Published April 1, 1994
Some of what Havel had to say in his Foreign Affairs article struck me as a bit overwrought. His forebodings about global “ecological catastrophe” and his criticisms of an “anthropocentric” view of the earth are unhappily reminiscent of the circles of Western self-deprecation that Havel quite rightly criticized once for their incomprehension of what was at stake along the Yalta fault line.
And while I certainly share President Havel’s conviction that democracy is metaphysically and morally grounded, I cannot say that I find the path between the metaphysics of morals and U.S. foreign policy quite so straight as he seems to do. At the level of metaphysics and morals, it is certainly true that freedom threatened anywhere threatens freedom everywhere. But we, meaning the United States, or even “the West,” cannot be “everywhere” at once, which means that we cannot unilaterally and universally enforce adherence to basic human rights and freedoms.
Moreover, certain threats to freedom pose a far more serious challenge to the future of liberty than others. This suggests that the virtue of prudence—a cardinal virtue, in classic Christian moral theology— has to guide our address to the problems of freedom in the specific locales where it is threatened. And prudence will dictate different responses in differing political, cultural, and strategic circumstances. Take the examples of Burma, Haiti, China, and east central Europe.
ڤ The government of Myanmar/Burma is odious and cruel, and U.S. foreign policy towards the thuggish generals ruling the country should reflect that fact: through diplomatic pressure on site and in international forums, and through whatever modest economic pressure we can muster. But I do not think that the state of affairs in Burma gravely affects the national interests of the United States, or that it has serious consequences for peace and freedom beyond Burma’s boundaries. And so it does not seem to me that the threat to freedom in Burma must weigh as heavily on U.S. or other Western policymakers as would a threat to freedom in, say, Poland, or Ukraine, or the Czech Republic. (Havel might reply that we haven’t done very much to demonstrate our concern about the threat to freedom in those countries, either, and here he would have a formidable case.)
ڤ President Havel’s moral-metaphysical formula also fails to shed much light on the dilemmas of the world’s underclass: countries like Somalia and, much closer to home, Haiti. What are we to do in situations like these, where the rudiments of civil society necessary to provide a foundation for institutionalized human rights and for the basic instruments of self-governance are simply missing?
Haiti poses very difficult choices for the United States indeed, not least because it is in our backyard. President Jean-Bertrand Aristide was elected to his office by what everyone admits was the fairest election in the country’s history and then was illegally ejected by the Haitian military. The U.S.-led embargo on Haiti is supposed to put such pressure on the Haitian generals that they will agree to Aristide’s restoration to the presidency; but, to date, the embargo has served principally to demolish what was left of the Haitian economy and to starve large numbers of Haitian men, women, and children, while failing to make much of an impression on the generals. More over, even if the embargo were to succeed there seems little chance that Aristide’s return would do anything other than set loose another round of murderous violence. Haitian “civil society” doesn’t exist; Aristide’s followers are eager for revenge, and the military and paramilitary forces are armed to the teeth; and the ousted president’s commitment to reconciliation and a genuine democratic process in his country is not altogether clear.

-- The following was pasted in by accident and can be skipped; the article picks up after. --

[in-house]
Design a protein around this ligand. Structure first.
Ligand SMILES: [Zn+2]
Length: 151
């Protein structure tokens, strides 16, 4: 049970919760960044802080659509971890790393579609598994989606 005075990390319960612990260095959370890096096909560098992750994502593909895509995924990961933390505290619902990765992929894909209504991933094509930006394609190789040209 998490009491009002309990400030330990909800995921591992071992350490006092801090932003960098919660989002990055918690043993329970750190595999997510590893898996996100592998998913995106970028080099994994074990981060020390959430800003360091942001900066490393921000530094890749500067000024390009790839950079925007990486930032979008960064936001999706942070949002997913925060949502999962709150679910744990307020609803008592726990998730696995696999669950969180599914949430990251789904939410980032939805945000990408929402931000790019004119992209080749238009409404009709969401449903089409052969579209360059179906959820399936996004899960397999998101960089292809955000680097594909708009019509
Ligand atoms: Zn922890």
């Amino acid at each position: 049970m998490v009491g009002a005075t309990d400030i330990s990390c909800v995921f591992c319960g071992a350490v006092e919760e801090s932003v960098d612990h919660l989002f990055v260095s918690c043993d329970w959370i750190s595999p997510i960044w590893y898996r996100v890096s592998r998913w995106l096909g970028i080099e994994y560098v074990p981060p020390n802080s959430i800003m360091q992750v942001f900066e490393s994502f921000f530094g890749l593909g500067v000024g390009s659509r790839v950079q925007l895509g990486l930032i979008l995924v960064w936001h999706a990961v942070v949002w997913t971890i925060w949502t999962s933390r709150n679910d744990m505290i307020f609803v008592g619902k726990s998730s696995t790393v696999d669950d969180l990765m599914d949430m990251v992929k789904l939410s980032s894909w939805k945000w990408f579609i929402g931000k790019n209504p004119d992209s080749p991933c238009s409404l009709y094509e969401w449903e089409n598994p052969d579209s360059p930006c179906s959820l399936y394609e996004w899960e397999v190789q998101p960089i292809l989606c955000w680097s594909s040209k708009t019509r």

There is no political consensus, in the United States or anywhere else in the hemisphere, in favor of imposing and enforcing a settlement in Haiti through the presence of a large armed force under U.N. or OAS auspices. On the other hand, what does it do to the cause of freedom and democracy in Latin America and the Caribbean if a free and fair election in Haiti is summarily overturned? On the other, other hand, does any iron law of history or politics dictate that the tragedy of Haiti will inevitably spill over to, say, Brazil, or even the Dominican Republic?
Preparing Haiti for democracy would require a long-term commitment on the part of the OAS, and that would require serious U.S. leadership—which is not about to be invested, these days, on an issue such as Haiti. So the embargo is maintained (in part, to placate the Congressional Black Caucus) and the children go blind, or starve to death. This is not serious policy-making, in moral or diplomatic/strategic terms. But neither does Haiti’s travail constitute a real and present danger to freedom and democracy elsewhere.